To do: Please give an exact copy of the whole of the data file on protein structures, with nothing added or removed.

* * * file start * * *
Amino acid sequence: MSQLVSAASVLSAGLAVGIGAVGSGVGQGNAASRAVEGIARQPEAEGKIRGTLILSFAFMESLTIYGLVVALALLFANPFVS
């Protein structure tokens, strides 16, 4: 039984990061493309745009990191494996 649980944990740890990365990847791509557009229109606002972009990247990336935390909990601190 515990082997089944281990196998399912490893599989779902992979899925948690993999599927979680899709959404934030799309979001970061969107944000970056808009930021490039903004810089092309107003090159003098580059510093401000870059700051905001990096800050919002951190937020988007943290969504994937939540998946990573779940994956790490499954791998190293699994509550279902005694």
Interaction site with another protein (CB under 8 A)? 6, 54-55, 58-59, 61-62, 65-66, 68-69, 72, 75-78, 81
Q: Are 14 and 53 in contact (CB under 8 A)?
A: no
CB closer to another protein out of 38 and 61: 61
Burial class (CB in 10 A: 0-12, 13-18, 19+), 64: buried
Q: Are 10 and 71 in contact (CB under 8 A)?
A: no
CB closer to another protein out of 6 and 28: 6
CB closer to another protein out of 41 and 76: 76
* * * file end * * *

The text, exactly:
Amino acid sequence: MSQLVSAASVLSAGLAVGIGAVGSGVGQGNAASRAVEGIARQPEAEGKIRGTLILSFAFMESLTIYGLVVALALLFANPFVS
């Protein structure tokens, strides 16, 4: 039984990061493309745009990191494996 649980944990740890990365990847791509557009229109606002972009990247990336935390909990601190 515990082997089944281990196998399912490893599989779902992979899925948690993999599927979680899709959404934030799309979001970061969107944000970056808009930021490039903004810089092309107003090159003098580059510093401000870059700051905001990096800050919002951190937020988007943290969504994937939540998946990573779940994956790490499954791998190293699994509550279902005694």
Interaction site with another protein (CB under 8 A)? 6, 54-55, 58-59, 61-62, 65-66, 68-69, 72, 75-78, 81
Q: Are 14 and 53 in contact (CB under 8 A)?
A: no
CB closer to another protein out of 38 and 61: 61
Burial class (CB in 10 A: 0-12, 13-18, 19+), 64: buried
Q: Are 10 and 71 in contact (CB under 8 A)?
A: no
CB closer to another protein out of 6 and 28: 6
CB closer to another protein out of 41 and 76: 76